The 9-12 environment is rich with materials designed to spark the students’ imagination and pique interest in the world. Building on studies about formation of the universe and the timeline of life, students begin to explore the history of humans from ancient civilizations to present day cultures, further understanding a “Cosmic Task.” The cultural areas of the curriculum are divided into studies of geography, history, and science. Students deepen their understanding of their place in the world physically, spatially, historically, and in relation to the age of the universe and all that inhabits our earth. Students develop an appreciation for other people and cultures through civilization and biome studies, learning how geography, climate, and local conditions determine people's most basic needs. Children also learn the interdependence and interrelatedness of all living things through the studies of people, plants, and animals. This aspect of the curriculum is enhanced by local field trips, overnight trips to nature centers, and school projects.
Such trips and project work allow students an opportunity to experience the real world, and helps to identify abstract concepts they learn about in class. Teachers’ willingness to capitalize on students' innate curiosity and desire to understand their world underscores the beauty of a Montessori program.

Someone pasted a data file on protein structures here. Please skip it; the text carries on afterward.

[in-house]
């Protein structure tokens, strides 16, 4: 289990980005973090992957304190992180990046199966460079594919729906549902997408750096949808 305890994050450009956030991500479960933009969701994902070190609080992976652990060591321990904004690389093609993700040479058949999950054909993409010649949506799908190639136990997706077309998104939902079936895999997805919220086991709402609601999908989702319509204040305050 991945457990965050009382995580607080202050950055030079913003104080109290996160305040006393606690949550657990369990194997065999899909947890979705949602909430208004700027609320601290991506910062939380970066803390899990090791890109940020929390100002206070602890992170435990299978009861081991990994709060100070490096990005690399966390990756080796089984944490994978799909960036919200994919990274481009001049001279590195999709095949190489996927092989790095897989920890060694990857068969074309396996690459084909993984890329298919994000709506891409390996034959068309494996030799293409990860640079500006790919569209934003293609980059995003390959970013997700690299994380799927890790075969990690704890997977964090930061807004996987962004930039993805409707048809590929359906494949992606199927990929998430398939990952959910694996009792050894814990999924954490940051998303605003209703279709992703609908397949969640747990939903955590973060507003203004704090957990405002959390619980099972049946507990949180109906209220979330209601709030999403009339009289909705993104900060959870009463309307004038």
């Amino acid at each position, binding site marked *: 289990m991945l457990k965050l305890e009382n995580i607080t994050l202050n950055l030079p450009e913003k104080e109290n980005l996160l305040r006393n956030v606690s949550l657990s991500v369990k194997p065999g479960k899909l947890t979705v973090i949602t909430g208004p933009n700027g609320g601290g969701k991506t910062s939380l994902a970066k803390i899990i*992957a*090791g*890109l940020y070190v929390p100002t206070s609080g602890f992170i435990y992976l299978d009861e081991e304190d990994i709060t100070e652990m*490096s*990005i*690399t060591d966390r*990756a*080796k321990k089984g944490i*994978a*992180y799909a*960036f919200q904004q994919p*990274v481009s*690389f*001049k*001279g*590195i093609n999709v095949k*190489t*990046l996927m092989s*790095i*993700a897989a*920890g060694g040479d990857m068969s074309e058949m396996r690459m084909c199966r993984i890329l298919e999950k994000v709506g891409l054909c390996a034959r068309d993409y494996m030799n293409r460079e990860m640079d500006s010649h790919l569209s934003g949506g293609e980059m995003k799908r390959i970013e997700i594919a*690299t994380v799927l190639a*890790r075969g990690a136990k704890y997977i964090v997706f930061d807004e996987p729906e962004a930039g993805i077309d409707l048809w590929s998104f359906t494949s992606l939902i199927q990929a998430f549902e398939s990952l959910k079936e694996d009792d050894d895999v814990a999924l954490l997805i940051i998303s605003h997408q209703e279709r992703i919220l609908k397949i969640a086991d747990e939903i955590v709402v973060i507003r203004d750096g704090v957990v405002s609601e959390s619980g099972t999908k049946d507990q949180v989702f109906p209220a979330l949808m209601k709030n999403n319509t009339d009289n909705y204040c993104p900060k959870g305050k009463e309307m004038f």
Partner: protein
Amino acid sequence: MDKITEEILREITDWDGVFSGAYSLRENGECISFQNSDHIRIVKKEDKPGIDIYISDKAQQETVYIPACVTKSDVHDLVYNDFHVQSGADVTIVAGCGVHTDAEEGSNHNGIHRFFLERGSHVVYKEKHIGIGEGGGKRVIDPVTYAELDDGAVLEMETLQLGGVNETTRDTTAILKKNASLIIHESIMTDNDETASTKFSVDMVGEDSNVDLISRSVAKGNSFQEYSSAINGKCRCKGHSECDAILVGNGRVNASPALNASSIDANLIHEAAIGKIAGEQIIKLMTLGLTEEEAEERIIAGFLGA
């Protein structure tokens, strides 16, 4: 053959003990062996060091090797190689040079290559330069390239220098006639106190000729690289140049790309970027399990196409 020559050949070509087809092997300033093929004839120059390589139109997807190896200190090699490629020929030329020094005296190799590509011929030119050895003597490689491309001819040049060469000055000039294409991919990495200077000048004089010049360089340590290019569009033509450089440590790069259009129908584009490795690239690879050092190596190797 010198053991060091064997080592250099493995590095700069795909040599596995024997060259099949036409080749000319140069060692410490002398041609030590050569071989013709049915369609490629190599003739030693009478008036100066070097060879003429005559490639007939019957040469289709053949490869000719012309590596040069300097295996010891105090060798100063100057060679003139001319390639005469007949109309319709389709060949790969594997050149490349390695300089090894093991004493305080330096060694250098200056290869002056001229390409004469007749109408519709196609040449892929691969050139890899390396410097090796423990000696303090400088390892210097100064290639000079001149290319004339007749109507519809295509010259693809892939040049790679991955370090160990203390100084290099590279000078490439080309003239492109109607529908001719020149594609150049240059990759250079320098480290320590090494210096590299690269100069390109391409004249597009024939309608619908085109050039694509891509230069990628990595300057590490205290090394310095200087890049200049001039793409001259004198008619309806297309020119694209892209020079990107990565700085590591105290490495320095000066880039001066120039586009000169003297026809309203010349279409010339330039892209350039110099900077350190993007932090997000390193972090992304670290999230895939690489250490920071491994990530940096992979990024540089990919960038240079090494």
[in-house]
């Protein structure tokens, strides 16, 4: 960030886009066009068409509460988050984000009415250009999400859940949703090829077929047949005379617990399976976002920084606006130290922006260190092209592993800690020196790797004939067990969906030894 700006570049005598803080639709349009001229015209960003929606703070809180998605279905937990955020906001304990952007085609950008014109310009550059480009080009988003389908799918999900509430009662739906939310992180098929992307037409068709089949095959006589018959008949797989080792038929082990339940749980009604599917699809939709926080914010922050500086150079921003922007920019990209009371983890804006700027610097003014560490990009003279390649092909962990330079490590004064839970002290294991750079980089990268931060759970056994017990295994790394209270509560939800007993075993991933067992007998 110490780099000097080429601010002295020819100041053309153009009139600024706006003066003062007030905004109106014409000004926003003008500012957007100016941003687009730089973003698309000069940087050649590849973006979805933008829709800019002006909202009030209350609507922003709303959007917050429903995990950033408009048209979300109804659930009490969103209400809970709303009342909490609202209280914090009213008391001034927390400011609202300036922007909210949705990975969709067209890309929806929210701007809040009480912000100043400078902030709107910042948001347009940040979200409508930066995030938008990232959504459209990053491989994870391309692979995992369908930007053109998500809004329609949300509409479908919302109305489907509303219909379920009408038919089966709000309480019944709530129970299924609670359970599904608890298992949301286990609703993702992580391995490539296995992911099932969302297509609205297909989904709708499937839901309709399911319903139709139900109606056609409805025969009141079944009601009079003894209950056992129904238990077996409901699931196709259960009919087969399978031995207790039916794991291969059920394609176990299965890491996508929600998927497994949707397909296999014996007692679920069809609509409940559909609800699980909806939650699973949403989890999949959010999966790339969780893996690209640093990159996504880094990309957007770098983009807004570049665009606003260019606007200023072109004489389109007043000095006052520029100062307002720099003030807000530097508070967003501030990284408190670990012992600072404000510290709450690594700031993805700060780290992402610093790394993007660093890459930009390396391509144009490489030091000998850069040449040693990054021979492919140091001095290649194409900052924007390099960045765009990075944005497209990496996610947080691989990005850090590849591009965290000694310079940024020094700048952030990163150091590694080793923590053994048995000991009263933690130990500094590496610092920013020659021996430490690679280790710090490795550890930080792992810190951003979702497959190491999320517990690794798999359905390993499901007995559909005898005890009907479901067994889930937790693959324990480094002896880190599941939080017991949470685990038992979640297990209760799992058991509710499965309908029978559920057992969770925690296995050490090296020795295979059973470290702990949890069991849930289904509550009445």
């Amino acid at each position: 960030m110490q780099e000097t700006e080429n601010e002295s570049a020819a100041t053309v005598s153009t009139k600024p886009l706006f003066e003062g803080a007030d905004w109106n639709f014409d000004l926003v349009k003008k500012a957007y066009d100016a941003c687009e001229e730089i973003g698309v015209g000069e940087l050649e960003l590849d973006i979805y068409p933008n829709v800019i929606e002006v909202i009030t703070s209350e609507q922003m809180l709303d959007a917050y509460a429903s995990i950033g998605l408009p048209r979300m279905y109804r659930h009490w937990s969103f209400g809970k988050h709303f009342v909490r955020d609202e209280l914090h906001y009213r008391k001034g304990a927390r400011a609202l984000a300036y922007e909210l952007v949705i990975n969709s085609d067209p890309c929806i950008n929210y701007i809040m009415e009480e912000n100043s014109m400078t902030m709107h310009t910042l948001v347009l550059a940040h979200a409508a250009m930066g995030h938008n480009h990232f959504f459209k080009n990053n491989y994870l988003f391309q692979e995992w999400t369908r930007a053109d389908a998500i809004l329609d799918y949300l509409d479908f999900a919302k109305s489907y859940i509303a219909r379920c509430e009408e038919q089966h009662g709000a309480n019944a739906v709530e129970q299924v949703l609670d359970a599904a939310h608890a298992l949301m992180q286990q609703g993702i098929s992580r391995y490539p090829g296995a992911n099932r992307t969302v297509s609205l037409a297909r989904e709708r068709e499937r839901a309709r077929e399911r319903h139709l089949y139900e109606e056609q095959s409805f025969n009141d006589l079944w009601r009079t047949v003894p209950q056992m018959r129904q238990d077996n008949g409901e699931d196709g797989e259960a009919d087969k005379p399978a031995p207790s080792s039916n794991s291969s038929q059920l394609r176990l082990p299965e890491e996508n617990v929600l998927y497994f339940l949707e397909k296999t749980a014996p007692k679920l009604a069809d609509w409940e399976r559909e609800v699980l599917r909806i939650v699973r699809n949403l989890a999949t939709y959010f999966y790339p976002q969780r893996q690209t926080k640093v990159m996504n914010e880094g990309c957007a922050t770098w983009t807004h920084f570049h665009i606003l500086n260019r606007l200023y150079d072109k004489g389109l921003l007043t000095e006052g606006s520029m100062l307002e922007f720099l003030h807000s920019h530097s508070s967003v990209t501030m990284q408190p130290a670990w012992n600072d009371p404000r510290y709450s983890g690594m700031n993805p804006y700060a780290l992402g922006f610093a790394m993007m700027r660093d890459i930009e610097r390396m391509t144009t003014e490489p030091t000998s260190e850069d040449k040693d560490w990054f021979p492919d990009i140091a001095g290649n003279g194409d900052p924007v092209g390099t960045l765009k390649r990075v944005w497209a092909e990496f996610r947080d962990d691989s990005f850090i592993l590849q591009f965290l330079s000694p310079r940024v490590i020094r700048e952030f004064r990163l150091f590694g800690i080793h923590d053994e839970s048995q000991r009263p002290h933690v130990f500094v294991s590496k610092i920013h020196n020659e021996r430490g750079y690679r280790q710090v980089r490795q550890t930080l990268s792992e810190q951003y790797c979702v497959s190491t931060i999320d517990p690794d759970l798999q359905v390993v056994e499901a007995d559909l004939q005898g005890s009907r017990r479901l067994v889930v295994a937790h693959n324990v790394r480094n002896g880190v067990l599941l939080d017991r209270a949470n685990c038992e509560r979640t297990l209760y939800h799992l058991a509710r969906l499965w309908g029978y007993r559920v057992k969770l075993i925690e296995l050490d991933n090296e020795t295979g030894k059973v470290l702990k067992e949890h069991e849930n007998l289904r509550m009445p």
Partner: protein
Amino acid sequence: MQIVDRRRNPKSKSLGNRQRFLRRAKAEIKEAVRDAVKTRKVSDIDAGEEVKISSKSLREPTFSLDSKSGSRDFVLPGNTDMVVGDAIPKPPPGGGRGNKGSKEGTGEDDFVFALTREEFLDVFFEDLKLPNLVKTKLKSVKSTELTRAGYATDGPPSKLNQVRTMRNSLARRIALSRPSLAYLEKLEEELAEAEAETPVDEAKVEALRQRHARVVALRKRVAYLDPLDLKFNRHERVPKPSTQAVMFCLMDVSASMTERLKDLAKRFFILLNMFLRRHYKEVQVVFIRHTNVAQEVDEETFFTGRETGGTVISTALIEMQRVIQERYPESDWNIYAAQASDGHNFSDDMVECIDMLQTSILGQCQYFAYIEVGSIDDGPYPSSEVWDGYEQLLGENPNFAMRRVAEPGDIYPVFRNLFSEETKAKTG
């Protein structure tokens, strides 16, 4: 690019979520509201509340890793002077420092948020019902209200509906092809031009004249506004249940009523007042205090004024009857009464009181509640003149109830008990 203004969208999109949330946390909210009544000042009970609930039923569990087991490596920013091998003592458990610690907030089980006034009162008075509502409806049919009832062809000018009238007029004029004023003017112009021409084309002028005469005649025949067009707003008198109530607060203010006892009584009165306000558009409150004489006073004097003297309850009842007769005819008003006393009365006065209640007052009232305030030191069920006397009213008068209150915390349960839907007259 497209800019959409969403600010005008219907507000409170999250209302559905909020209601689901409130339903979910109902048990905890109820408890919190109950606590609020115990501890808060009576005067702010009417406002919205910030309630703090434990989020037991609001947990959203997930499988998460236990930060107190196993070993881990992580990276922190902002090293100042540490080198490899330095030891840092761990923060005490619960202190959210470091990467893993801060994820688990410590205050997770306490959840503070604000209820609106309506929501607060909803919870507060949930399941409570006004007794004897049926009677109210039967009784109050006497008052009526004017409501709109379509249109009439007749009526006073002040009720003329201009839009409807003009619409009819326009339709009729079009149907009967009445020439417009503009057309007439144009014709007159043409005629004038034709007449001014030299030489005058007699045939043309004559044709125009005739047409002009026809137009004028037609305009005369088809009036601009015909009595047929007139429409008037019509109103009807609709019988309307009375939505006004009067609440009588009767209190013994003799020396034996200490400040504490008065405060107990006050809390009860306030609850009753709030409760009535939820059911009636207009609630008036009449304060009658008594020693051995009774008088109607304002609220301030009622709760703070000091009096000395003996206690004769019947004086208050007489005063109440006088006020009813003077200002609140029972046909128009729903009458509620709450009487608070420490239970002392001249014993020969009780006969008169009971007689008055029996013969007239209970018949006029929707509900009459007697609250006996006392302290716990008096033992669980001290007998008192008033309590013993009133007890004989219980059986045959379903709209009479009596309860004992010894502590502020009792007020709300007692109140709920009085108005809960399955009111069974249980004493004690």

A variety of after school programs are offered to our students. Each semester a schedule of programs and their corresponding fees are advertised. Activities may include:
12-14 year olds
The RPMS Middle School program is designed to meet the needs of the adolescent, and is grounded in the Montessori curriculum while taking into account Illinois State Standards. To achieve these goals, the program integrates current research in adolescent development, trends and issues in education, and Montessori philosophy. The mission of the program is to provide opportunities for adolescents to be self-confident and gain self-knowledge, to belong to a community, to learn adaptability, to be academically competent and challenged, and to create a vision for their personal future.
The RPMS Adolescent Program promotes the following in our students:
Grades and tests are introduced in Middle School. These, along with portfolio projects and group work, are used to assess student progress. Counseling and orientation to help students prepare for and select an appropriate high school begin in 7th grade.
curriculum: language arts
Language arts include the study of vocabulary, literature, grammar/mechanics, writing, and public speaking. The middle school curriculum aims to develop an in-depth understanding of both written and oral expression. By developing proficiency of common word elements, an aptitude for proofreading and editing, and a sophisticated vocabulary, middle school students are well prepared to compose prose, poetry, and informative writing. Analysis and discussion of classic literature, nonfiction, news articles, and speeches helps students hone their ability to dissect the written word by examining both literary devices and topic-specific content. Research skills, both individual and collaborative, culminate in a large scale written projects presented to the class. Public speaking is an integral component of the middle school program, bolstering confidence and sharpening techniques.